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Authorities say school security tape 'ran out'

by Kim Fickett
Landmark reporter

The case of the eight-foot-tall, 700-1,000 pound stolen wood-carved Pirate, which has been the object of much speculation and many questions over the past month and a half, is still a top priority for the Platte City Police Department, according to Detective Dennis Trabue.

Police this week seem more optimistic than a couple of weeks ago, when Trabue had indicated the case was headed for inactive status.
"It's still an open case and will remain so. It's one of those cases where we're still looking and not giving up on this," stated Trabue.
"We still have the same names and the same suspects. They know who they are and we know who they are."

While Trabue didn't want to divulge a specific number of suspects, he did state that the exact number of individuals involved may be greater than the key players believed to be known.

"We have a specific number of people in mind who may have been key players, but we don't want to put a cap on the number of people who may have been involved."

Trabue stated it was confirmed by police this week that video from the security cameras in the high school didn't show any criminal activity.

According to Trabue, Platte County R-3 High School Principal Craig Robinson reported that the security camera's recording device malfunctioned at 12:20 a.m. on Sunday, March 24.

"We were able to confirm that there is only one recording device, and that one recording device records for all the cameras in the school. If the recording device malfunctions it doesn't capture any of the images from the cameras," said Trabue.

Trabue continued that the timer on the recording device showed that it ceased recording at about 12:20 a.m.

"The reason it quit recording is because it got to the end of the tape," said Trabue. "The machine is designed to record for a certain length of time. When the principal left, he made sure the tape was on and to his recollection it was turned on like normal, which has been a normal procedure for him for several years."

According to Trabue, a Platte City police officer, principal Craig Robinson and the vice-principal reviewed the tapes from the evening of the theft and determined there was nothing on the tapes prior to 12:20 a.m. to show any criminal activity.
Trabue acknowledged the recording device may have been tampered with. The technician who installed the device was called in to check its operation, and reported that the machine was working properly.

With the new information from the timer on the recording device, the police department has narrowed the time frame of the crime from 12:20 a.m., Sunday, March 24 to 10:30 a.m., Sunday, March 24. Previously the estimated time frame of the crime was between 8:30 p.m. Saturday, March 23 to 10:30 a.m., Sunday, March 24.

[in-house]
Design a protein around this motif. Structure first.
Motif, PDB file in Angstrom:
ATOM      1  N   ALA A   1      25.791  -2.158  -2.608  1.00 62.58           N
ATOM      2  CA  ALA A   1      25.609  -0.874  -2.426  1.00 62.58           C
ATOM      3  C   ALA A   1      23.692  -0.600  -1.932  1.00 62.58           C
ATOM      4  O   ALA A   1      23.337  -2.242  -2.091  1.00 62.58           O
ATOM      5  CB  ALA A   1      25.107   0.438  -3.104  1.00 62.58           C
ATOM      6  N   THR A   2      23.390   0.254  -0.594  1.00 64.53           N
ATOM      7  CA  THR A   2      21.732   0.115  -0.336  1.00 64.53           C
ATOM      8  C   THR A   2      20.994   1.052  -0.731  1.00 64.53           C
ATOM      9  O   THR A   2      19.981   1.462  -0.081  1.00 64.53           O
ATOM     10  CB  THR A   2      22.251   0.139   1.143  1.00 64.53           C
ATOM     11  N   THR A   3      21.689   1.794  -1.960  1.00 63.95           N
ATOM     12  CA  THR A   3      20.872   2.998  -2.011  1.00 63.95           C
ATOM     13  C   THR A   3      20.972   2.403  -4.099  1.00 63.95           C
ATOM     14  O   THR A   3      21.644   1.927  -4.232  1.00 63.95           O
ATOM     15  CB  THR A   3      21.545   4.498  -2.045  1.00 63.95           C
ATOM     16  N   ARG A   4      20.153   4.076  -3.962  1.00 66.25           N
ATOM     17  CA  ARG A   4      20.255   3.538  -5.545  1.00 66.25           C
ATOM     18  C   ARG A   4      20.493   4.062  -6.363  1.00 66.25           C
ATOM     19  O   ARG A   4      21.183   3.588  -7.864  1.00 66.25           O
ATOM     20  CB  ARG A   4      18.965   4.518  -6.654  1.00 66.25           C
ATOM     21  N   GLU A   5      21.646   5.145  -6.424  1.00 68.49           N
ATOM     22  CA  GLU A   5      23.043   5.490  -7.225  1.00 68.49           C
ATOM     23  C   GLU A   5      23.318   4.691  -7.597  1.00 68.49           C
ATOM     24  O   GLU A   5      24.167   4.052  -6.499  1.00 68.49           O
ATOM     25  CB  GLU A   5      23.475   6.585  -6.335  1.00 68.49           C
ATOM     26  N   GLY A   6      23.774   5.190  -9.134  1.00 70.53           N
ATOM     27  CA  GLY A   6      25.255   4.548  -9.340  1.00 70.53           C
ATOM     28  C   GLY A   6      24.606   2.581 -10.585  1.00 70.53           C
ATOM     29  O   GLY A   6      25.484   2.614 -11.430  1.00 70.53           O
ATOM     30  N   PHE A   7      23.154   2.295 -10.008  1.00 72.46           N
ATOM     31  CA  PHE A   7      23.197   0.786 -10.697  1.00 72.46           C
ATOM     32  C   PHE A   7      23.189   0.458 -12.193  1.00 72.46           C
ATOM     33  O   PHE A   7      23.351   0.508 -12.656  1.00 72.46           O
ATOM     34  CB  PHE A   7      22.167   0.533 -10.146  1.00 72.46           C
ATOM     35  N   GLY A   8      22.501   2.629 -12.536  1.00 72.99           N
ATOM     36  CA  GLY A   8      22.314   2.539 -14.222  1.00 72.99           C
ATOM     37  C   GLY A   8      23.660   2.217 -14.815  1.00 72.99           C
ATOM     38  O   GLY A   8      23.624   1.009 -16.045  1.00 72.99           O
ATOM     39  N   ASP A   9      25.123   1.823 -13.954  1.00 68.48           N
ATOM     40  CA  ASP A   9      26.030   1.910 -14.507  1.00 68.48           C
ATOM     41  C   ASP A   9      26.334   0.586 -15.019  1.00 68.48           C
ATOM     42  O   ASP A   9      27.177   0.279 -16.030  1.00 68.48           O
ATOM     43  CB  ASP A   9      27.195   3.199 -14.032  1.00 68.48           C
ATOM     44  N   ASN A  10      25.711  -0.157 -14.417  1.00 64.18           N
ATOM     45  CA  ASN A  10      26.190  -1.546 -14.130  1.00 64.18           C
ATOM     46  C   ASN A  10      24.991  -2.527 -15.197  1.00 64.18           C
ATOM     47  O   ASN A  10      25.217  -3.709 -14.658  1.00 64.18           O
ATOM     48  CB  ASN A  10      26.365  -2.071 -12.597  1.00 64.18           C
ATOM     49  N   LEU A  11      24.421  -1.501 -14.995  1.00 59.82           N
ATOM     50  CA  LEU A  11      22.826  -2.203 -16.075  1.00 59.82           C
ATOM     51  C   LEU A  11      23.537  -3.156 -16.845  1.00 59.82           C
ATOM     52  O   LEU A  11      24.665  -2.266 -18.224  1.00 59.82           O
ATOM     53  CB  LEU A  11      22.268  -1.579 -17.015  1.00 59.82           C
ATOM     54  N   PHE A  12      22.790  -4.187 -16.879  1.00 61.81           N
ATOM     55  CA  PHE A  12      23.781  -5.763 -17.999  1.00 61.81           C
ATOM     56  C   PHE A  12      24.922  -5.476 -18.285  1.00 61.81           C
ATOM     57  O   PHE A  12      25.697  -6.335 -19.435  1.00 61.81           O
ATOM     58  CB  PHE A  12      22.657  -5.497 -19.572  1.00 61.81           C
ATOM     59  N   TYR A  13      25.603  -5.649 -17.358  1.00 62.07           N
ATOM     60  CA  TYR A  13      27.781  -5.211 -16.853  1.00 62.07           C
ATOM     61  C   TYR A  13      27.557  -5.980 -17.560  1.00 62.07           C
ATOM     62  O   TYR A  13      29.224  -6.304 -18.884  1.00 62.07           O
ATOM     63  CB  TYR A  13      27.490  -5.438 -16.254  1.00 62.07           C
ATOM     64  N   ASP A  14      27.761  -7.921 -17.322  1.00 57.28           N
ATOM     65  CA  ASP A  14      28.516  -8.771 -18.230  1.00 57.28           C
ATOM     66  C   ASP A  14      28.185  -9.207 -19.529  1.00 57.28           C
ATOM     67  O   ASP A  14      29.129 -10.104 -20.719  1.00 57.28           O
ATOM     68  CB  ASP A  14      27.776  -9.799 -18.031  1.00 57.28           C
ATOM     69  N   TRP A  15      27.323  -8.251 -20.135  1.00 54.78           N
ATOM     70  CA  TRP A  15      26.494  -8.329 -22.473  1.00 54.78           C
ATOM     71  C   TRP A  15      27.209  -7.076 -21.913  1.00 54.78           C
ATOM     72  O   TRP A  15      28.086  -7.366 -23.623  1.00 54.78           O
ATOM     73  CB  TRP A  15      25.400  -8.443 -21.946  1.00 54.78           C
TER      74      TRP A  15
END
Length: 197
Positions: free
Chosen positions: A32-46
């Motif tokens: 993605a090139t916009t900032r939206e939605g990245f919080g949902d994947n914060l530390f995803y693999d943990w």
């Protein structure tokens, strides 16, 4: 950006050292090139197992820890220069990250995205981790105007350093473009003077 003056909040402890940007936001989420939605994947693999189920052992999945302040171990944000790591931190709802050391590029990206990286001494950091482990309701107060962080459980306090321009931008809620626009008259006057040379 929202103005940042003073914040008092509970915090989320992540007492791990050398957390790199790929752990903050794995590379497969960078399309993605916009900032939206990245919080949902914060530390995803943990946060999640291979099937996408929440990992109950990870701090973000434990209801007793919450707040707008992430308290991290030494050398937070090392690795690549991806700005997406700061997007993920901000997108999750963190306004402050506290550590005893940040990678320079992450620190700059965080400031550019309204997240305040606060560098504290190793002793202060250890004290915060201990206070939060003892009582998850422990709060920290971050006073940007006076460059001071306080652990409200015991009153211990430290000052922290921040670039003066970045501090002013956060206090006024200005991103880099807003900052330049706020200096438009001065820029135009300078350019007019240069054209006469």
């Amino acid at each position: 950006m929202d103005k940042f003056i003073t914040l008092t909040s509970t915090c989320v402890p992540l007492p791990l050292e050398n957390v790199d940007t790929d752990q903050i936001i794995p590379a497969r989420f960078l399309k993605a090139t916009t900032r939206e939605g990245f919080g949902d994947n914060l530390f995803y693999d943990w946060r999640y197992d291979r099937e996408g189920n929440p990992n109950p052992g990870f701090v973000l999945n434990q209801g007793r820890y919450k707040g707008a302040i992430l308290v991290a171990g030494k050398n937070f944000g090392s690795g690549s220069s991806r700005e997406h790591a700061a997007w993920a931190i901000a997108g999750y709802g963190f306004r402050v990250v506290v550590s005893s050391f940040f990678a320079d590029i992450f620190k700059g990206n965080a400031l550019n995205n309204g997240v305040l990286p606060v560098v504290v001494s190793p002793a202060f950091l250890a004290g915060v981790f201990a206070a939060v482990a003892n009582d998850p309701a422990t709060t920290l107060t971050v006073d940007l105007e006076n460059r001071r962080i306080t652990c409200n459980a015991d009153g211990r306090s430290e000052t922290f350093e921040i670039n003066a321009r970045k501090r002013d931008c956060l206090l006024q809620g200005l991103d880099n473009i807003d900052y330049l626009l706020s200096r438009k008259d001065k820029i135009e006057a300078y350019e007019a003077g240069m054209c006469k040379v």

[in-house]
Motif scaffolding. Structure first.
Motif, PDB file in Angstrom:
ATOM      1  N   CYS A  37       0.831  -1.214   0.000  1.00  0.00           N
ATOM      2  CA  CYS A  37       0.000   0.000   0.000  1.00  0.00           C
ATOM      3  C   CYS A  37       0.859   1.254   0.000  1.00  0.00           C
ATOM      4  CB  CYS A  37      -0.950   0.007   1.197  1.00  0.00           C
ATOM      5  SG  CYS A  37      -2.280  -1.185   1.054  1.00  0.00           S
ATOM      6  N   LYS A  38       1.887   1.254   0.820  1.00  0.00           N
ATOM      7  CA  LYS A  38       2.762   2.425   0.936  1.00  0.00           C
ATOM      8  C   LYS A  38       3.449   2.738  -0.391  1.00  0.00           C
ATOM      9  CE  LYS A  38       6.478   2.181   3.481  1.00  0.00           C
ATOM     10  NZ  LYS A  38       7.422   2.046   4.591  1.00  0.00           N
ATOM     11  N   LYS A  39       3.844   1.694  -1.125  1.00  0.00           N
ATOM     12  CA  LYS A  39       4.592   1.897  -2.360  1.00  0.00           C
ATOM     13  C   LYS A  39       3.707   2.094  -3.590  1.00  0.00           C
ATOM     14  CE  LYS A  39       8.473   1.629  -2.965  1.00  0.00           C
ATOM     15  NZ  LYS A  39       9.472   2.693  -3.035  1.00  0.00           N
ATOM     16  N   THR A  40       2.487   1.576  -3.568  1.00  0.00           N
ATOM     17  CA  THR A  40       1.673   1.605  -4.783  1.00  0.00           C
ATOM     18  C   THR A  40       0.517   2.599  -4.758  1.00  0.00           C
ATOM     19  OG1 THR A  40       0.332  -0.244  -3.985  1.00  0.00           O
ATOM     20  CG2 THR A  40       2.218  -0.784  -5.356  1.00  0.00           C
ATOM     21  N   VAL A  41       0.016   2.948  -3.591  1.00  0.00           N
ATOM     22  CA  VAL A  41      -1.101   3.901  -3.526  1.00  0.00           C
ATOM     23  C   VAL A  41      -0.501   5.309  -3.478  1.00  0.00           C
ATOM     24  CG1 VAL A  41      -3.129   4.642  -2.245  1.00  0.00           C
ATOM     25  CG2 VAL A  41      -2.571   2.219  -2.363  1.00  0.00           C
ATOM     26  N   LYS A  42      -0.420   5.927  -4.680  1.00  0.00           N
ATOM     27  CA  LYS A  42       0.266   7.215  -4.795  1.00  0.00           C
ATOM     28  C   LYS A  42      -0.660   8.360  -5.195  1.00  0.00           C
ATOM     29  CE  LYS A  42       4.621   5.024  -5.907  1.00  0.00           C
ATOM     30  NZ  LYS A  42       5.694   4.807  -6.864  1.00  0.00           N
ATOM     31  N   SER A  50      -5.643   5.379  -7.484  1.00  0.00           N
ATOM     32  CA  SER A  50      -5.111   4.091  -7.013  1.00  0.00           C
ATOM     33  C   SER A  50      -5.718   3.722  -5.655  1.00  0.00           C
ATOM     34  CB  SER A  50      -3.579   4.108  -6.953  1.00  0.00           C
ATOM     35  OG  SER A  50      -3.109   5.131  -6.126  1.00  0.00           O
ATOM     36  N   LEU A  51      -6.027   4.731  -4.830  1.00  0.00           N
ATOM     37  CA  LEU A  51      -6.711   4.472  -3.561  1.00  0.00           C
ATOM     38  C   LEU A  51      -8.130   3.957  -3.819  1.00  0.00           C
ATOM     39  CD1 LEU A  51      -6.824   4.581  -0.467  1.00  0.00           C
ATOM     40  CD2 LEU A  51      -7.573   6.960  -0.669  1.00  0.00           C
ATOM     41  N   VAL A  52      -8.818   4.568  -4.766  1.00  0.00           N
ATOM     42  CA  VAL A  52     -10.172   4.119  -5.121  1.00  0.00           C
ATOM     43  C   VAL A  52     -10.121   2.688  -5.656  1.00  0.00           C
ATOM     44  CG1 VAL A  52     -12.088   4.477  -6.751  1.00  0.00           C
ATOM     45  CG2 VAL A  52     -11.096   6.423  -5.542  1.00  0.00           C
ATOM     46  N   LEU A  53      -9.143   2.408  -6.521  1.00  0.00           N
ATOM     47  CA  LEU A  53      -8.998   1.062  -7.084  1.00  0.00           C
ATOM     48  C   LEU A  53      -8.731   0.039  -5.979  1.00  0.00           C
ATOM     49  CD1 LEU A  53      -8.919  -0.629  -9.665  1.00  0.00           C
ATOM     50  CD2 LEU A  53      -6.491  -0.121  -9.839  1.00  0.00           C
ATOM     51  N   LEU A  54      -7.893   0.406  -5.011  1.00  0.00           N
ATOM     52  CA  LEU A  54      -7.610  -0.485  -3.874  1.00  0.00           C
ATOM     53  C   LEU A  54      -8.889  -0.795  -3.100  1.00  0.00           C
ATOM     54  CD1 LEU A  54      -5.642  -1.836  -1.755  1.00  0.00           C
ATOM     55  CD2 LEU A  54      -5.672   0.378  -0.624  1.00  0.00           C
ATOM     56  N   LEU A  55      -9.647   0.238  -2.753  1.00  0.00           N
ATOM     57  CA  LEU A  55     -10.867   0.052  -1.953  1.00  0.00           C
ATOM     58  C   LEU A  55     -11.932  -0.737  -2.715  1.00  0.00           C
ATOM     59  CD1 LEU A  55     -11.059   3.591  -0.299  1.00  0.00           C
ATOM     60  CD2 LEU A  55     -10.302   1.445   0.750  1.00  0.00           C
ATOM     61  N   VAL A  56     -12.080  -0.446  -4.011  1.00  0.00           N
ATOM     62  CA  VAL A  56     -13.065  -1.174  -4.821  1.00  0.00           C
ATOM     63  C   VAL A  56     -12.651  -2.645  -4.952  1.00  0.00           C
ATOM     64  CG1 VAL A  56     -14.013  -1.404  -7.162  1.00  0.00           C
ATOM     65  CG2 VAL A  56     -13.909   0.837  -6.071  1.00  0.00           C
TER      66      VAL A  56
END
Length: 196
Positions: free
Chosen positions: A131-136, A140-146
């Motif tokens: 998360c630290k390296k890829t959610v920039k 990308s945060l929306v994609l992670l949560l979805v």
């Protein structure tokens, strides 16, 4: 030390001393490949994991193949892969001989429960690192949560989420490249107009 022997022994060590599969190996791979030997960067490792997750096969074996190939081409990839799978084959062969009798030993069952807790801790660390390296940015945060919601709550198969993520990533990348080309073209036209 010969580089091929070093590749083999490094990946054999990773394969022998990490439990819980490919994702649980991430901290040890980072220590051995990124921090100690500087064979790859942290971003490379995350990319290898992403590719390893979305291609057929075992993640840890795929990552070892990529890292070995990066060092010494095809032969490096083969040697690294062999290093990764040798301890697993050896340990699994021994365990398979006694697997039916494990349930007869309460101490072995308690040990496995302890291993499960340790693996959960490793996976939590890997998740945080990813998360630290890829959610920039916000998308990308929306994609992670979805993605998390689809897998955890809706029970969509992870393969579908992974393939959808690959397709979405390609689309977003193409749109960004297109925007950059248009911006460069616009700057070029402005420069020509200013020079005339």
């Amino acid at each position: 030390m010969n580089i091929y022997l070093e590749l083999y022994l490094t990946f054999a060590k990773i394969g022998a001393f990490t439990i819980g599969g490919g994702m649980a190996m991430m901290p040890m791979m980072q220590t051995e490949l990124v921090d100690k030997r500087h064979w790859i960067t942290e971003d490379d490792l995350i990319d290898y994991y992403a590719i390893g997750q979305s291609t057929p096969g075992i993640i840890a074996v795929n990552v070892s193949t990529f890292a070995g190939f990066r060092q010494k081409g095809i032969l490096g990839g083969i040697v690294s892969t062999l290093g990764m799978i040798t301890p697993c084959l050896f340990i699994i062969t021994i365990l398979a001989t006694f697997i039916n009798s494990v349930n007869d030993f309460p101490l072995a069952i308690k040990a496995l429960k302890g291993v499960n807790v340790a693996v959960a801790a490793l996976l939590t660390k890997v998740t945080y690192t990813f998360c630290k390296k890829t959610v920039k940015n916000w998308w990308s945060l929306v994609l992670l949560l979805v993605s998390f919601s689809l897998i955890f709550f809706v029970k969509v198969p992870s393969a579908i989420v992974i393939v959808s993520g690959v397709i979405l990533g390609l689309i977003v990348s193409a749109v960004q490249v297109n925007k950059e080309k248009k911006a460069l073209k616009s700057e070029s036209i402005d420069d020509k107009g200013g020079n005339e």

According to Trabue, because police haven't found any sign of forced entry, it seems likely entry was gained with a key or by a door to the school being left open intentionally.

"According to school administrators, the doors were locked and secured when they left, which leads us to believe the suspects gained access by a key," stated Trabue. "If access to the school was gained by a key, that is considered unlawful entry."

Trabue further explained that any other crime—whether it be theft or property damage that occurred following the entry of the premises—is considered burglary by law enforcement officials.

The maximum punishment in a case such as the Pilfered Pirate could be punishable by up to seven years in jail, to be determined by a judge and jury.

"In a case like this where property damage occurred, the prosecutor could make a recommendation where those responsible could make restitution for the property damage," said Trabue.

Damage was sustained to the Pirate with chips in the wood and the knob broken off the Pirate's staff, as well as gouges made in the gym floor when the Pirate was apparently dragged from the lobby to a rear door in the school.

"Due to the type of material that the Pirate is made of, fingerprints weren't easily recovered," explained Trabue.

"We're hanging in there for information from the right person and I feel like it'll happen and someone will come forward and give us the right information we need," said Trabue.

The Pirate was reportedly retrieved by school personnel several days after being taken from the high school lobby. Authorities are not saying where it was recovered.

The statue was believed to have been carved around 1974 by John Faust, an art teacher at the high school, with the help of some students.